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Class Notes - Class #26

This group of mitzvot is about slavery.  We have seen two different kinds of slaves.  An “eved ivri,” “Hebrew slave,” is a Jewish man who sells himself into indentured servitude  because he cannot support himself, or is sold into slavery by the court because he cannot pay the judgment against him for certain thefts.  An “eved c’na’ani,” “Canaanite slave,” is a non-Jew owned as a slave by a Jew.  We will see other mitzvot related to slavery later in our study.

               Mitzvot #344 – 346 give us more information about eved ivri.  Mitzvah #344 prohibits a master from assigning demeaning work to an eved ivri.  Mitzvah #346 prohibits a master from requiring an eved ivri to do “oppressive” work.  Mitzvah #345 prohibits a master from selling an eved ivri at public auction. 

               The author points out that being master to an eved ivri is no easy job.  The Talmud, Kiddushin 22a, says someone who buys an eved ivri buys himself a master. The master’s responsibility to treat an eved ivri respectfully requires the master to provide the eved ivri living conditions comparable to the master’s living conditions.  The eved ivri eats the same food as the master eats, sleeps in the same kind of bed as the master does.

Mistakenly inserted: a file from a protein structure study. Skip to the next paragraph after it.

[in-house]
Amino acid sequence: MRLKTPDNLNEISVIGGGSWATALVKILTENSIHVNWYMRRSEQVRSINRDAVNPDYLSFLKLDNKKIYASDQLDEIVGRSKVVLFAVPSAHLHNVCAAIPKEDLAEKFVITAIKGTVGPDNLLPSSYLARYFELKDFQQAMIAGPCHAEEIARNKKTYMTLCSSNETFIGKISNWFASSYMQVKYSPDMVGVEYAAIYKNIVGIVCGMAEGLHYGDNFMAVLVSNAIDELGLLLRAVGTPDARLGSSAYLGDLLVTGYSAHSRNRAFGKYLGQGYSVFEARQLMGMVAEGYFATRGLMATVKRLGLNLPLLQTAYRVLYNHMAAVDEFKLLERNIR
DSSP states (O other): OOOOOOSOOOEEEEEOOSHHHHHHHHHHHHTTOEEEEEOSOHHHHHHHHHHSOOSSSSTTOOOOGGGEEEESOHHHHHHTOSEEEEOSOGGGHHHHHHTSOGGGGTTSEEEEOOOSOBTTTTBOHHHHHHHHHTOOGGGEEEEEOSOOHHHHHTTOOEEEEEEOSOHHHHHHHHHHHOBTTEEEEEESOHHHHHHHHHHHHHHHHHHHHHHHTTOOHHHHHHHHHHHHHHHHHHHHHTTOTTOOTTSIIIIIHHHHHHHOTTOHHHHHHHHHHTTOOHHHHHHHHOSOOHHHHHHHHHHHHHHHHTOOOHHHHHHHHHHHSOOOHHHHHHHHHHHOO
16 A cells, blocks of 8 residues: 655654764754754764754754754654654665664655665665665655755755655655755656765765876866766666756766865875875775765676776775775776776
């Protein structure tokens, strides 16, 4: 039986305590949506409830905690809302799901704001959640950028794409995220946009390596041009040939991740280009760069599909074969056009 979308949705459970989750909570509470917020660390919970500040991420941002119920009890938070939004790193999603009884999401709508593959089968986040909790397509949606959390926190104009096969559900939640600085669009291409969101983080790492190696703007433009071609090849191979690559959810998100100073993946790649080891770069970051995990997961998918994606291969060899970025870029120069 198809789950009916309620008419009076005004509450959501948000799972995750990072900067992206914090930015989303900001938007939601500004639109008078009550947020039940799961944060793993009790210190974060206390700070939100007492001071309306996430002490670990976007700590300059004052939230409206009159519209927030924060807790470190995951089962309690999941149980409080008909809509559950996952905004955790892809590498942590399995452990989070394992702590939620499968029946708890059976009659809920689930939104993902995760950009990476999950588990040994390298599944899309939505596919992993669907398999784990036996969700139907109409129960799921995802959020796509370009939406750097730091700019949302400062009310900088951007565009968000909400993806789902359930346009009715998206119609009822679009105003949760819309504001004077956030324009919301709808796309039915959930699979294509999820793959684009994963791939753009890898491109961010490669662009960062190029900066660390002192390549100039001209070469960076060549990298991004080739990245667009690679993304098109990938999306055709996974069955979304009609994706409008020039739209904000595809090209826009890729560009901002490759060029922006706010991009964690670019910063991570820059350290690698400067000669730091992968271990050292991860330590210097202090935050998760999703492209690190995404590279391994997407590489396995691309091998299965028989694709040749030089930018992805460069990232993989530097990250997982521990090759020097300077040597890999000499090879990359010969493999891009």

A master must think carefully about what the master can require an eved ivri to do.  Lev. 25:40 compares an eved ivri to a day laborer or an immigrant who takes on work as hired household help. But an eved ivri is different from a day laborer or hired household help; the day laborer or hired help can quit if they do not want to do what the employer wants whereas the eved cannot. Mitzvah #344 prohibits the master from assigning the eved ivri degrading tasks that a day laborer or hired help would refuse to do, like carrying the master’s clothing to the bath house or carrying around a mat in case the master wants to sit down. 

Mitzvah #346 prohibits the master from assigning the eved ivri “oppressive” work.  This includes work that the master does not need, and work without a clear end.  Nor may the master assign the eved ivri work just for the sake of keeping the eved ivri busy.  It doesn’t matter whether the assigned task is difficult or easy; the key issue is whether there is need for the task or whether the task has a discernible end.

Another manifestation of the master treating an eved ivri with respect and kindness is the prohibition in mitzvah #345 on selling an eved ivri in public or at auction the way one might sell a non-Jewish slave.  The master can sell the eved to someone else, but only in a private sale.